Monday, January 14, 2013

Traffic and Bubble Hopping

I rode the bus with Lilly and Sophia this morning.  The school bus picks them at the entrance to our building, and drops them well within the gates of the school building.  We don't have our car yet, and so I just rode along on the bus both Friday and this morning, making sure they got to school with confidence.

The bus got a bit rowdy this morning, no doubt partly because of the length of the trip.  On Friday, from stepping on the bus at our door to stepping off the bus in the school took less than 20 minutes.  This morning, the same ride took an hour.  The children arrived at the school 15 minutes late.


I keep hearing that traffic is crazy in Caracas, and that normally quick rides can easily quadruple in length due to traffic.  I'll admit - this didn't make much sense to me until this morning.  We rode through the neighborhood at a normal pace, down the hill quickly and normally, and then we came to a stop at the bottom of the hill.  You could say that this is where our neighborhood meets the city - and today, the city had traffic.

I wish I had brought my camera.  The intersection we faced had three roads entering and exiting it before it even reached the stoplight, which brought three more corners.  We were trying to turn left before the stoplight.  It seems that everyone else wanted to go the same direction, and pushed themselves into position.  No one could cross the intersection, it was so full of cars pushed helter-skelter against each other.  And certainly no one could have gotten out once they were in.  We sat in roughly the same place - said intersection - for over half an hour.

This first exposure to Caracas traffic enlightened me to many aspects of Caracas.

1st - just how difficult it can be to get around.
We did not face such traffic on Friday, and arrived nearly 45 minutes earlier.

2nd - the infrastructure challenge.
Caracas is lovely, with a few narrow streets winding up and around green hills.  Folks park on either side of the winding streets, and once you're in you've got no choice but to keep going forward. 
I understand this extends to major roads as well - they may be 3 and 4 lanes in straight lines, but there are apparently very few of them, and so travelers are left with no alternate route.

3rd - the popularity of carjacking, and how dangerous driving can be.
I've heard that a busy intersection can be one of the most dangerous places in Caracas, and a place where any driver needs to be fully alert.  At some point this morning, our bus reached the point where we could not turn around and retreat from our road.  If we had seen someone coming with a gun, we would have been sitting ducks.  We have been advised to have our windows tinted and never to roll them down.  And to be fully on our guard at all red lights and busy intersections.

It further makes me realize that we live in a bit of a bubble, on our hill above the city.  Drew explained to me this weekend that we spend our Caracas existence bubble hopping.  Within our homes, with our doors locked and our alarms set, we are safe or green in a safe little bubble.  Within the embassy and the school, we are also green in a safe little bubble.  When we go to our favorite stores and restaurants, when we walk around our neighborhood during the day, when we go to the mall nearby we are in yellow - not the bubble, so be on your guard, but probably fairly safe.  Don't wear headphones; don't wear fancy jewelry or carry an expensive purse; pay attention to the people around you;  but you're fairly safe.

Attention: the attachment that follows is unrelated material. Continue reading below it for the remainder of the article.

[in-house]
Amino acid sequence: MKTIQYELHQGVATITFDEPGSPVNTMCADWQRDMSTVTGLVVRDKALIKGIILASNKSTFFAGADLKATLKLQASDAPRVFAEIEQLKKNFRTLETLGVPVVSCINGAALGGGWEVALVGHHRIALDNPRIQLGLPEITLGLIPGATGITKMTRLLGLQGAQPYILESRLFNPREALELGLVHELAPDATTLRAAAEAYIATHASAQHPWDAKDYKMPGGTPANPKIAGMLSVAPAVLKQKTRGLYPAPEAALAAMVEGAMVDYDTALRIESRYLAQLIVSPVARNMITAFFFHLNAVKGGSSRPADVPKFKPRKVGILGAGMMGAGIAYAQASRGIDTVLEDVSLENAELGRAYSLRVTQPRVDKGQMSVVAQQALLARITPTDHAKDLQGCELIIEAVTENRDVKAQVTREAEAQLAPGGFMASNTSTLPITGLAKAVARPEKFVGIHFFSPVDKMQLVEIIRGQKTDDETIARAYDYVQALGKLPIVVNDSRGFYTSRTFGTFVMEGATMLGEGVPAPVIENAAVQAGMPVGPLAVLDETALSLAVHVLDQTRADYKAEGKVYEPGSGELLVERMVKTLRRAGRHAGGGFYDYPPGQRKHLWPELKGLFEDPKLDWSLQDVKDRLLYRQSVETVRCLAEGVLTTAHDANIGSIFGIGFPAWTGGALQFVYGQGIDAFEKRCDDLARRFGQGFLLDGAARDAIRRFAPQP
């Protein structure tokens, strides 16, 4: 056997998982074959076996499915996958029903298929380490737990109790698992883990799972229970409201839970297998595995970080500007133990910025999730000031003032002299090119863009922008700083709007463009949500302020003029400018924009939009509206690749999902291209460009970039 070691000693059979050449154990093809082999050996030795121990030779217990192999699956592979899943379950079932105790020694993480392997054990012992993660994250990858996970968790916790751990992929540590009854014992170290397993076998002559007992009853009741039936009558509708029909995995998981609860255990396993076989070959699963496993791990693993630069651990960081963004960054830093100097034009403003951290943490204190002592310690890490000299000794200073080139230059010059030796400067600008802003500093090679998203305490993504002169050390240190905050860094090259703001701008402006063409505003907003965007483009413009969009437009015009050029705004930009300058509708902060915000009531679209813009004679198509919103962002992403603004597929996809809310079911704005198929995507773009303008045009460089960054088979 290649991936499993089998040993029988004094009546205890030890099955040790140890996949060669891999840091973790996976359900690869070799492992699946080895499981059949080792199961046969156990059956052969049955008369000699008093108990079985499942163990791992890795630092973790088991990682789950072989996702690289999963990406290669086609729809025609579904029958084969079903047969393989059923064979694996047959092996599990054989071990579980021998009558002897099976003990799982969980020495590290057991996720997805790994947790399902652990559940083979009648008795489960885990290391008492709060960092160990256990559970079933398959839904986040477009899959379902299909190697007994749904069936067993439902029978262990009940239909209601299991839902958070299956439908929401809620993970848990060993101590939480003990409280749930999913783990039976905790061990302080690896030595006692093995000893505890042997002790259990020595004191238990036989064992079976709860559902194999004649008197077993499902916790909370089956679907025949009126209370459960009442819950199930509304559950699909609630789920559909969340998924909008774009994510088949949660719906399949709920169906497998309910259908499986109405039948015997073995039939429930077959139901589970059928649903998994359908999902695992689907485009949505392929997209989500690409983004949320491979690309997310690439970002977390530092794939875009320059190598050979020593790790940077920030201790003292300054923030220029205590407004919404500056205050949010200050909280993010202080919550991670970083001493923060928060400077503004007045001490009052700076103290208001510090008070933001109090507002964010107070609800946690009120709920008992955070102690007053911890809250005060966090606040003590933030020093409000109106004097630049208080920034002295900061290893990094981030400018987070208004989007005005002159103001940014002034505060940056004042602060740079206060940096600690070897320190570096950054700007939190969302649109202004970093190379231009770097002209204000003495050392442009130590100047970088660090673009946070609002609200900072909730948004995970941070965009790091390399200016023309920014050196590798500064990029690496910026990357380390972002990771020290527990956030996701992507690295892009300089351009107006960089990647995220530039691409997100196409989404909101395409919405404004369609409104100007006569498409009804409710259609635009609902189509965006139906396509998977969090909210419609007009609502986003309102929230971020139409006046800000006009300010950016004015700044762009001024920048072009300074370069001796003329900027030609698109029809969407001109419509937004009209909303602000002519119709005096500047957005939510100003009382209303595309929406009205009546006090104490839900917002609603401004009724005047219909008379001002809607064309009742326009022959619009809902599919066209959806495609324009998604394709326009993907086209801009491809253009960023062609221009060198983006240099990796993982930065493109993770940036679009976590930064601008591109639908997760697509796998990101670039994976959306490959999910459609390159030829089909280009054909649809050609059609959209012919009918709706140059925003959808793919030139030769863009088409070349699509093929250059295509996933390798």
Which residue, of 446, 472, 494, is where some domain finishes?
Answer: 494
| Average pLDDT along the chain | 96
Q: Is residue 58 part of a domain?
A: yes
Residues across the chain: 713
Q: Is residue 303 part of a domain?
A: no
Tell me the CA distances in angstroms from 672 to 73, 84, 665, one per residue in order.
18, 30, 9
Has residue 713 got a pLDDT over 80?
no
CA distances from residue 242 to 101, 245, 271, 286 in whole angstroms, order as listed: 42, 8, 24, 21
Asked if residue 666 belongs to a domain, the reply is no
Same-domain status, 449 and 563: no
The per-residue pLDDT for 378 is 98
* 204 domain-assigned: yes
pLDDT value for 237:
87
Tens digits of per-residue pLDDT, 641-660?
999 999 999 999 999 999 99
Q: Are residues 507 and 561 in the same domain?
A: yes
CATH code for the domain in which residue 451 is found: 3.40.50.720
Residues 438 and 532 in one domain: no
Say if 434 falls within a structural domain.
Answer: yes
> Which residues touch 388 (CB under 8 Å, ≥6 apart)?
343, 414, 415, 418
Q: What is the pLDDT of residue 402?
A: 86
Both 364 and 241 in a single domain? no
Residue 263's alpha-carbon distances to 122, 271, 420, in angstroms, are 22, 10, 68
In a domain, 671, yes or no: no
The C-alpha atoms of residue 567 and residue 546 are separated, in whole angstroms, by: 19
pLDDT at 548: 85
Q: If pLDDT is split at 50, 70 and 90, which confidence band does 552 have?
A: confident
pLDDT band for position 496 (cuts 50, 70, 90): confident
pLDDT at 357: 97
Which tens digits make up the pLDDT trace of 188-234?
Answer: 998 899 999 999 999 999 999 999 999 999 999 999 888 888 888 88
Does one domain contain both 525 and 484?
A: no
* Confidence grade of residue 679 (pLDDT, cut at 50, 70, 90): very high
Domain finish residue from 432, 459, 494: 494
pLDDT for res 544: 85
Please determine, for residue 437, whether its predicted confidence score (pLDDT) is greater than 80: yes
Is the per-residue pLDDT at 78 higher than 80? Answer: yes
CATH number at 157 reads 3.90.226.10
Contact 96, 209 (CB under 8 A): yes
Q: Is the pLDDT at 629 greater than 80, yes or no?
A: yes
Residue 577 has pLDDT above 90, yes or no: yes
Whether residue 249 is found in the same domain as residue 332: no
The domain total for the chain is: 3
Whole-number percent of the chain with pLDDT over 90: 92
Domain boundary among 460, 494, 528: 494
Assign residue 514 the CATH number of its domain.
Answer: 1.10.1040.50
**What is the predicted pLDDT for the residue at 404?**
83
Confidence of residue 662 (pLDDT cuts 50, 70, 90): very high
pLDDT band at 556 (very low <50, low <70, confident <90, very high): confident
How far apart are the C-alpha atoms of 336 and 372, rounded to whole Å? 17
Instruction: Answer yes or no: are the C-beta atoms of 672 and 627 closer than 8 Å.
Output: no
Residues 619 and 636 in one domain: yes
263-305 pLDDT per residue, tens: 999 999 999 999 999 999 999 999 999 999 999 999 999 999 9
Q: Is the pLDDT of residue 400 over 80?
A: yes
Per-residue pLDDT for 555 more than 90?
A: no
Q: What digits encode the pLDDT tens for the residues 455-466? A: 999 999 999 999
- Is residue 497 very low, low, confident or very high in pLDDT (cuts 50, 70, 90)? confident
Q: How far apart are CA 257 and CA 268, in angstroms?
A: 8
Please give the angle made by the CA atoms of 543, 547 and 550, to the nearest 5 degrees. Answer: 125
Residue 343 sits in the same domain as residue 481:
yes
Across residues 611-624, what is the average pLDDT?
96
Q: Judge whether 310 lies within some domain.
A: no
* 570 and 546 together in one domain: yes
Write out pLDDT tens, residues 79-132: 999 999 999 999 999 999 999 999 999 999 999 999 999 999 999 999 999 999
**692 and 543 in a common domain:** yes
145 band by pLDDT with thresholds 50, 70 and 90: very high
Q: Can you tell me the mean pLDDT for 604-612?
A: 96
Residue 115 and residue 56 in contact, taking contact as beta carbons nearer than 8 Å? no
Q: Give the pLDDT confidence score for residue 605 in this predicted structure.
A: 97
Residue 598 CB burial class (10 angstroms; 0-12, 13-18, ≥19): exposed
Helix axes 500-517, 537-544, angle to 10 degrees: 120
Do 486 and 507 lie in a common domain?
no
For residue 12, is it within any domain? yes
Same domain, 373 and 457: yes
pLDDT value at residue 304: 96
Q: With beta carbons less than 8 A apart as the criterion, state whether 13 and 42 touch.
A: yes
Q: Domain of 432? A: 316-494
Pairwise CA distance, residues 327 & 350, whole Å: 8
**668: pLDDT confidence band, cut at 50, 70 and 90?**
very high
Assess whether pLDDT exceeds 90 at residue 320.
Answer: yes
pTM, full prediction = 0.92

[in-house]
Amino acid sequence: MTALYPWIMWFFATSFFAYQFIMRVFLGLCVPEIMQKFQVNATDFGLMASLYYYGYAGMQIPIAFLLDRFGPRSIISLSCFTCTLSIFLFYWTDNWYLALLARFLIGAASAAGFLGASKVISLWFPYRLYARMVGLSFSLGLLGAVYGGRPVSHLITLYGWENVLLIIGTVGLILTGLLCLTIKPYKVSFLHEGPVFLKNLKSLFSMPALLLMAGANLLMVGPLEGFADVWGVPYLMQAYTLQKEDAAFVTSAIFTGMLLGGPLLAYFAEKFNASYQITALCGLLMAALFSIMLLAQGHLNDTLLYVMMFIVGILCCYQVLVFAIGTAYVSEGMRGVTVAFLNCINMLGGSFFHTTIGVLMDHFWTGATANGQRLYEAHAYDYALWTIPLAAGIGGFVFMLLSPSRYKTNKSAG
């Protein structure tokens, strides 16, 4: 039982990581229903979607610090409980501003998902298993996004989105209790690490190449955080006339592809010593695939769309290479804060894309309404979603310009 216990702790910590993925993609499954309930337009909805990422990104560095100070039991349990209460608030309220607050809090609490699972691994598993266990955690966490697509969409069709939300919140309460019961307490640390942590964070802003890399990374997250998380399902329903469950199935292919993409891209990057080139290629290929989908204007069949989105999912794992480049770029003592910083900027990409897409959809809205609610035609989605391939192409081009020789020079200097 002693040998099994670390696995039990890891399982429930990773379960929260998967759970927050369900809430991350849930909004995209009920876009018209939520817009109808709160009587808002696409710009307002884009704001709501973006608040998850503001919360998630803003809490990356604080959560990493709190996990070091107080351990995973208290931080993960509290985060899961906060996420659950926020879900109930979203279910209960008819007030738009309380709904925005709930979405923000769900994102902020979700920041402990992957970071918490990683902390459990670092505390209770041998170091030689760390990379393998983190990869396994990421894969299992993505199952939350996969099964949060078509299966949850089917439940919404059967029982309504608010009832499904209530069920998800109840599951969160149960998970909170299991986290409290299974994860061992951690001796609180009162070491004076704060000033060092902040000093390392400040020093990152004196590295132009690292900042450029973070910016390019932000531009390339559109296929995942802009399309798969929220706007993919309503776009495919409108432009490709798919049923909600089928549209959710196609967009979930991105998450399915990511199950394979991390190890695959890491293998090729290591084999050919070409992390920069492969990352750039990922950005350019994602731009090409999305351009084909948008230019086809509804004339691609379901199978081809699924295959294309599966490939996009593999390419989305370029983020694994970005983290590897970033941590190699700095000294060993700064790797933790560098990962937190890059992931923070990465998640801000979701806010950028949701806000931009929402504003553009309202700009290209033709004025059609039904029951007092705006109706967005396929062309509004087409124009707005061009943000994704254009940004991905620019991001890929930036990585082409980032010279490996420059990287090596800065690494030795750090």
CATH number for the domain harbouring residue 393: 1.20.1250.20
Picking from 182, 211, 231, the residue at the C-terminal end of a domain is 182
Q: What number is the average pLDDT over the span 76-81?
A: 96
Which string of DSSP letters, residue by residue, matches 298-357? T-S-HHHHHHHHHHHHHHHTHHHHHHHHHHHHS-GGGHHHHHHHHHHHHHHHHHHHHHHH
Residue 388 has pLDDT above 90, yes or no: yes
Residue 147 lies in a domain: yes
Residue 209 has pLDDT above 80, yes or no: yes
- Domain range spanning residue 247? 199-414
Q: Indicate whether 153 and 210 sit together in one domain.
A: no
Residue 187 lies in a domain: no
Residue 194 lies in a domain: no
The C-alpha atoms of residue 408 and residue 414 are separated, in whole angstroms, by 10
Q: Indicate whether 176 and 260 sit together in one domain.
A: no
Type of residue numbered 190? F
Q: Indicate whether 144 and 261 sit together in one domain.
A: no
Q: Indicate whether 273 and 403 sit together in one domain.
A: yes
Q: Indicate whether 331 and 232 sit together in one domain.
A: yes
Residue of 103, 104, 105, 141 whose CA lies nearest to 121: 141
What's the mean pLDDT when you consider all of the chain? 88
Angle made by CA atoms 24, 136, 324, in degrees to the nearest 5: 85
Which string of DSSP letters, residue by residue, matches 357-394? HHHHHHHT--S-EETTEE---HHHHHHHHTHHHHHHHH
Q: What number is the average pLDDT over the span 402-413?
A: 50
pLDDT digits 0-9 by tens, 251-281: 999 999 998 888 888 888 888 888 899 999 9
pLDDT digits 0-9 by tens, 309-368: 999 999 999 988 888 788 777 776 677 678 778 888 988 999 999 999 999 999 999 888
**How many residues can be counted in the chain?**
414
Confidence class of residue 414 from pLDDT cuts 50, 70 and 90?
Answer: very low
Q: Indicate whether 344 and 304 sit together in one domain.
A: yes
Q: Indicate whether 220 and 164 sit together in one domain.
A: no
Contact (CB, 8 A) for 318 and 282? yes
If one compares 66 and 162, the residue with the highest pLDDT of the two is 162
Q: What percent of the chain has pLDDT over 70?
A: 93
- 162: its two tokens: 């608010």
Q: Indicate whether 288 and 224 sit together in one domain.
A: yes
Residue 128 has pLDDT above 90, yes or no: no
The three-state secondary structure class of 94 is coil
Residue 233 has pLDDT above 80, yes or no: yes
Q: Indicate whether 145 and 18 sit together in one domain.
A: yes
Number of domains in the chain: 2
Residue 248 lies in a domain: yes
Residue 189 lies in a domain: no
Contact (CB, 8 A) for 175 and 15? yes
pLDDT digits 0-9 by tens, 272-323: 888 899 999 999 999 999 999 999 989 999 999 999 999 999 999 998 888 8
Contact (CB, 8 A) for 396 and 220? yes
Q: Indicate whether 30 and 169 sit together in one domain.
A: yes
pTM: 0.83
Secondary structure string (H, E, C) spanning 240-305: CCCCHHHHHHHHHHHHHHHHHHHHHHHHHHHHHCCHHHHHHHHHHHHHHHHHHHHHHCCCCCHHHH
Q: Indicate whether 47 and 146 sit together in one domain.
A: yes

Everything else is red - NOT SAFE.  Everything else includes most of the city of Caracas.  Everything else includes anywhere after dark (with the exception of our green little bubbles).  Everything else includes traffic snarls and red lights.

As I was writing this, I googled "crime caracas" to get you some statistics, and high on the google results was the Venezuela 2012 Crime and Safety Report published by the U.S. State Department's Bureau of Diplomatic Security.  Even with all of the data I've received, its still a pretty daunting read. 

  • since 2010, Caracas has been the city with the highest murder rate in the world - above any city in Afghanistan, Iraq or any war zone, and with a national murder rate higher than that of Mexico but with only one-quarter the population;
  • home invasions are common, involve many heavily armed individuals, target wealthy neighborhoods and have taken place in buildings where U.S. Embassy personnel reside;
  • traffic jams are common in Caracas, and easily exploited by criminals who will rob multiple cars and then get away quickly by motorcycle.  Cases of armed robbery have increased, have taken place on the streets near the embassy, and can result in death if the victim does not comply.  But good news: they generally target 4-wheel drive vehicles, and we drive a family car;
  • kidnappings are a growing industry in Venezuela, with criminals forcing victims to withdraw all of the money from their bank accounts, or keeping them for up to 48 hours while their family pulls together a ransom of as much as $50,000.
  • and just to keep things fun, the threat of political violence remains an ever-present possibility, where even peaceful protects and rallies can quickly deteriorate into violence without warning;
  • and then there are the environmental hazards.  Caracas is in an earthquake zone, and the region is overdue for a serious earthquake.
Alright, I think I've freaked you out enough.  In fact, I'm feeling pretty happy to hole up in my house for the rest of the week.  But people who love us, rest assured that we have many precautions around us to keep us safe.  And also keep us in your prayers.  Please.

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